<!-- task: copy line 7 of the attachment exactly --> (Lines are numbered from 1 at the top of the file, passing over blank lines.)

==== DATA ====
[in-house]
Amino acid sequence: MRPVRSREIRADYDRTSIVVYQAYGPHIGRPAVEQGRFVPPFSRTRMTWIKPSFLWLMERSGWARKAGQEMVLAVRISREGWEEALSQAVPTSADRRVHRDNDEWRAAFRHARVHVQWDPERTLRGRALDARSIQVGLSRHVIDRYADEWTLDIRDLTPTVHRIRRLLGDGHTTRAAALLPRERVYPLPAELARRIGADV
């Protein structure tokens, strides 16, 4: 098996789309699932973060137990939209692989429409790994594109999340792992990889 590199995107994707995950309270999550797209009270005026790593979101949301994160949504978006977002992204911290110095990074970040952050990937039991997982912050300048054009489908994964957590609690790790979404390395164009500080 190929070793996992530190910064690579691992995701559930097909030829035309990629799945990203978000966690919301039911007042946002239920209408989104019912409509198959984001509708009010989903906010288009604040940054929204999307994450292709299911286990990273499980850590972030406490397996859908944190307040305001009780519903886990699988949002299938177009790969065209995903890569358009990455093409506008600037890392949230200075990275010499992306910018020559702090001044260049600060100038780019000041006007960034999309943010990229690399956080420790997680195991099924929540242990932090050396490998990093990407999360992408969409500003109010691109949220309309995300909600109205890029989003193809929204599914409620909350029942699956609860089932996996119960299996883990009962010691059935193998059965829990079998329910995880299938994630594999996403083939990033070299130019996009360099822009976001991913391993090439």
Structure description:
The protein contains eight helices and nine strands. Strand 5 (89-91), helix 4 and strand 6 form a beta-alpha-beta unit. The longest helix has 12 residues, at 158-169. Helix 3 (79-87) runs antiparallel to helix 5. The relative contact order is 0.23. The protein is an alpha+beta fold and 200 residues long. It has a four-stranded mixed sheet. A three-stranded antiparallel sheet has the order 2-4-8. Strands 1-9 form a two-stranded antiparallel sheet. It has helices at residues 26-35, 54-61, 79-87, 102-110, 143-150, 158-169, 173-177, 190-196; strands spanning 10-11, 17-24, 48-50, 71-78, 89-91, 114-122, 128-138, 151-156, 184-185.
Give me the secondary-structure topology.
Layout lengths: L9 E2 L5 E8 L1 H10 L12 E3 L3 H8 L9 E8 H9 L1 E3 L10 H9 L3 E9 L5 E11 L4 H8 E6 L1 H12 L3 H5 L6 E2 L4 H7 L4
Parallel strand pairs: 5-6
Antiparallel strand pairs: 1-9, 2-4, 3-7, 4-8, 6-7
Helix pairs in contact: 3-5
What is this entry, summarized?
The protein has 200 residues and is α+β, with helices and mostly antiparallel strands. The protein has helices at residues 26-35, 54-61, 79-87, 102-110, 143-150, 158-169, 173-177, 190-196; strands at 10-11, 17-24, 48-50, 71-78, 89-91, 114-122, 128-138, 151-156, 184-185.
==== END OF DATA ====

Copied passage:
Layout lengths: L9 E2 L5 E8 L1 H10 L12 E3 L3 H8 L9 E8 H9 L1 E3 L10 H9 L3 E9 L5 E11 L4 H8 E6 L1 H12 L3 H5 L6 E2 L4 H7 L4